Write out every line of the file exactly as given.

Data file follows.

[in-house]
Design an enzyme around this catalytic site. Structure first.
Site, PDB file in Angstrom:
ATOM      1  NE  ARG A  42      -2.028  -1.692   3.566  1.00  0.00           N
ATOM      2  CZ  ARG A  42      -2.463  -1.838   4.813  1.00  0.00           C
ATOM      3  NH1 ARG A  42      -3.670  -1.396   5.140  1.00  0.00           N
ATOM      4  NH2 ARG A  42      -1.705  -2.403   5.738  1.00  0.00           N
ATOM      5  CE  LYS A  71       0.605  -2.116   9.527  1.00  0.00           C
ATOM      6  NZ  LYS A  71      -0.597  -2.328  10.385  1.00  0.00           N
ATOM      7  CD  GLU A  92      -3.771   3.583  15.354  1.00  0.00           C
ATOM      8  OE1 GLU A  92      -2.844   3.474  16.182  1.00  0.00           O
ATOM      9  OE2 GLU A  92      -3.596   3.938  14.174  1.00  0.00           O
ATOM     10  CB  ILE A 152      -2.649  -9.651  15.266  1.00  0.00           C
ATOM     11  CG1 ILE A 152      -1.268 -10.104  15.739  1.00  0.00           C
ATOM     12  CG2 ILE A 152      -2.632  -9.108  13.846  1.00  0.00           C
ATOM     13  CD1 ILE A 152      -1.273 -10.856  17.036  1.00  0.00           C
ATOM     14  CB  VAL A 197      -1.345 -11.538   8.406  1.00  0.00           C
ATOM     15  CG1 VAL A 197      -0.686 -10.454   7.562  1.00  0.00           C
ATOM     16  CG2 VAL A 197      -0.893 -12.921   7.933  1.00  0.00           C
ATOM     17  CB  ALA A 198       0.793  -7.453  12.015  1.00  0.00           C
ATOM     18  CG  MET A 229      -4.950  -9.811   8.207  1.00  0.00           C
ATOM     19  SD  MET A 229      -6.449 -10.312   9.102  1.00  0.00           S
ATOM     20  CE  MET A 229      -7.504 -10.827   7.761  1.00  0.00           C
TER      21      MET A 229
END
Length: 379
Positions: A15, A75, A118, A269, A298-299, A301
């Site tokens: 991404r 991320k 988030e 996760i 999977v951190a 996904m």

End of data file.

[in-house]
Design an enzyme around this catalytic site. Structure first.
Site, PDB file in Angstrom:
ATOM      1  NE  ARG A  42      -2.028  -1.692   3.566  1.00  0.00           N
ATOM      2  CZ  ARG A  42      -2.463  -1.838   4.813  1.00  0.00           C
ATOM      3  NH1 ARG A  42      -3.670  -1.396   5.140  1.00  0.00           N
ATOM      4  NH2 ARG A  42      -1.705  -2.403   5.738  1.00  0.00           N
ATOM      5  CE  LYS A  71       0.605  -2.116   9.527  1.00  0.00           C
ATOM      6  NZ  LYS A  71      -0.597  -2.328  10.385  1.00  0.00           N
ATOM      7  CD  GLU A  92      -3.771   3.583  15.354  1.00  0.00           C
ATOM      8  OE1 GLU A  92      -2.844   3.474  16.182  1.00  0.00           O
ATOM      9  OE2 GLU A  92      -3.596   3.938  14.174  1.00  0.00           O
ATOM     10  CB  ILE A 152      -2.649  -9.651  15.266  1.00  0.00           C
ATOM     11  CG1 ILE A 152      -1.268 -10.104  15.739  1.00  0.00           C
ATOM     12  CG2 ILE A 152      -2.632  -9.108  13.846  1.00  0.00           C
ATOM     13  CD1 ILE A 152      -1.273 -10.856  17.036  1.00  0.00           C
ATOM     14  CB  VAL A 197      -1.345 -11.538   8.406  1.00  0.00           C
ATOM     15  CG1 VAL A 197      -0.686 -10.454   7.562  1.00  0.00           C
ATOM     16  CG2 VAL A 197      -0.893 -12.921   7.933  1.00  0.00           C
ATOM     17  CB  ALA A 198       0.793  -7.453  12.015  1.00  0.00           C
ATOM     18  CG  MET A 229      -4.950  -9.811   8.207  1.00  0.00           C
ATOM     19  SD  MET A 229      -6.449 -10.312   9.102  1.00  0.00           S
ATOM     20  CE  MET A 229      -7.504 -10.827   7.761  1.00  0.00           C
TER      21      MET A 229
END
Length: 379
Positions: A15, A75, A118, A269, A298-299, A301
């Site tokens: 991404r 991320k 988030e 996760i 999977v951190a 996904m």